Today’s big story will be the ongoing search for Muammar Qaddafi, whose regime toppled this week as Libyan rebels entered and took effective control of the city.
Rebel fighters supporting the National Transitional Council are currently pressing toward the hometown of the former Libyan “Brother Leader” in Sirte, and have offered a $1.7 million reward for his capture. If captured, Qaddafi may face trial at home, Bloomberg reports, or could be sent off to face human rights charges at International Criminal Court at The Hague, Netherlands.
The Guardian has maintained a nice live blog offering regular updates to news events on the ground, and there is a strong piece today showing that the fight for Libya, and even just for Tripoli itself, is not over. The New York Times reminds readers today of the difficulty of rebuilding a government in Libya, when the previous leader largely ruled by personal fiat.
The Monitor's Robert Marquand writes that NATO's mission in Libya may be its last hurrah, because of fatigue by an alliance whose mission has crept from defense of Europe to wars much farther afield. From Benghazi, Monitor correspondent Kristen Chick reports from the rebel headquarters that the NTC would be just as happy to see Qaddafi leave Libya for exile, as long as he gives up his claim to power.
But behind the kinetic TV-friendly story of rebel soldiers conducting a house-to-house manhunt (and then randomly shooting into the air in front of TV cameras) will be a more nuanced story of how this apparently successful internal rebellion (supported by the most powerful military alliance in the world, NATO) is affecting the fragile relations between the world’s richer and poorer nations. It will also affect like-minded rebellions in other authoritarian countries, from Bahrain to Yemen.
In Johannesburg, South Africa’s deputy president Kgalema Mothlanthe told reporters that NATO should be investigated by the International Criminal Court because of its aerial bombing campaign against the Qaddafi war machinery. The so called no-fly zone, approved by the United Nations Security Council, was intended to protect civilian lives, at a time when Qaddafi’s security forces were targeting civilian protesters and pro-rebel towns. South Africa, as a temporary member of the UN Security Council, voted for the no-fly zone but later complained that NATO had altered the aerial bombing campaign to its own political purposes, namely the ouster of Qaddafi.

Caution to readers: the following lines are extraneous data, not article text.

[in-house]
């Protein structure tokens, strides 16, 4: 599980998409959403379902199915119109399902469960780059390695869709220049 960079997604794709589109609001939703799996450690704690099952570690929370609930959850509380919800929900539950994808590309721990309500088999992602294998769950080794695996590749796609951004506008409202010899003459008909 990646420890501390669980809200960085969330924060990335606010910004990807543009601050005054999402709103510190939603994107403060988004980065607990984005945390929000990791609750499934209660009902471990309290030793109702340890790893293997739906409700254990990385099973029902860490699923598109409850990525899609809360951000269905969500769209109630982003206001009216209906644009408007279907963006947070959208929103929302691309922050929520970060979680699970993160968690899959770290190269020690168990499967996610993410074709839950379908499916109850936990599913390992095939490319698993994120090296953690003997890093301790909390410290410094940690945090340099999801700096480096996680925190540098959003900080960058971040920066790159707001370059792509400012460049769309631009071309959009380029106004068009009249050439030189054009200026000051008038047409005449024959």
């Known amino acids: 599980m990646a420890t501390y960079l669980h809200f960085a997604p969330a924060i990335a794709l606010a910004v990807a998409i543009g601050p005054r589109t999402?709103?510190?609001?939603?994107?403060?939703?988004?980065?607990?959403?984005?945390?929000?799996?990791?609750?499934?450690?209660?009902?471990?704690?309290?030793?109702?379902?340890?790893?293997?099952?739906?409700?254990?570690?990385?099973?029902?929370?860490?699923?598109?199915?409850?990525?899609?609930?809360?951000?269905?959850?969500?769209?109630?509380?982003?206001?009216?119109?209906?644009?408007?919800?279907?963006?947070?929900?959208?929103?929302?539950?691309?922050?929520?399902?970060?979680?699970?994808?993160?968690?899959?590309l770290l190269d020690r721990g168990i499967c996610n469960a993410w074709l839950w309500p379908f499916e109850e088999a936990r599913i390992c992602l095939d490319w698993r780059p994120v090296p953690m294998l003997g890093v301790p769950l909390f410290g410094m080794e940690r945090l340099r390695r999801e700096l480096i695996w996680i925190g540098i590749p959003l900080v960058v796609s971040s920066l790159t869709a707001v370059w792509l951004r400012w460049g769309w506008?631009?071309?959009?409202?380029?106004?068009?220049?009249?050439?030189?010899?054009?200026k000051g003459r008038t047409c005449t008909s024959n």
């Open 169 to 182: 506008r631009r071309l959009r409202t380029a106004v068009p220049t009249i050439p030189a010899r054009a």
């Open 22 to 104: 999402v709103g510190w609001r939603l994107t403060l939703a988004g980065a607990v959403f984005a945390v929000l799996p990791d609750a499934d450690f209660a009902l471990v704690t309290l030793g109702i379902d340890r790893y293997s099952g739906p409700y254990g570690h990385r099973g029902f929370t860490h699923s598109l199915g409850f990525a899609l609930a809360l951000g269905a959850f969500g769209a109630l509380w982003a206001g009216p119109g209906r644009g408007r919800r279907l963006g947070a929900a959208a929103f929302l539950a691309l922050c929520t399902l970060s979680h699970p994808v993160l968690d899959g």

"We note they (NATO) are attempting to create the impression that the rebels are acting on their own in their attacks in Tripoli but there are clear links and co-ordination at that level," Mr. Mothlanthe was quoted by Agence France Presse as saying on Wednesday. "The question is whether the (court) will have the wherewithal to unearth that information and bring those who are responsible to book, including the NATO commanders on the ground."
South Africa is being pressured by Britain (one of the participants in the NATO air campaign) to release some of Libya’s assets to the Libyan rebels, but South Africa is refusing, the Guardian reports.
If the fall of Qaddafi is unsettling to those worried about overweaning Western interference, it is a moral boost for citizens and activists in other countries, particularly in the Arab world, who see their own governments as repressive. Here is a strong piece from Foreign Policy, posted on Tuesday, about how Yemenis may take to the streets again after a stalemate in their own protests against the regime of President Ali Abdullah Saleh.
Later today, African Union leaders will be meeting today on another urgent matter of regional concern, the ongoing drought and famine in the Horn of Africa. The worst drought in 60 years in the region has made some 12.5 million people at risk of starvation, according to the United Nations, and the AU has pledged to donate $300,000 for food relief to the main UN agency charged with handling refugees, the UNHCR.
The AU currently maintains a peacekeeping force of some 8000 soldiers in Somalia to support the fragile transitional government of President Sheikh Sharif Ahmed. President Ahmed’s government controls a small portion of Mogadishu, the Somalia capital – including the airport, the seaport, and the presidential palace – but it has been making headway on the battlefield against the better armed Islamist militia, Al Shabab, which has aligned itself with the radical agenda of Al Qaeda.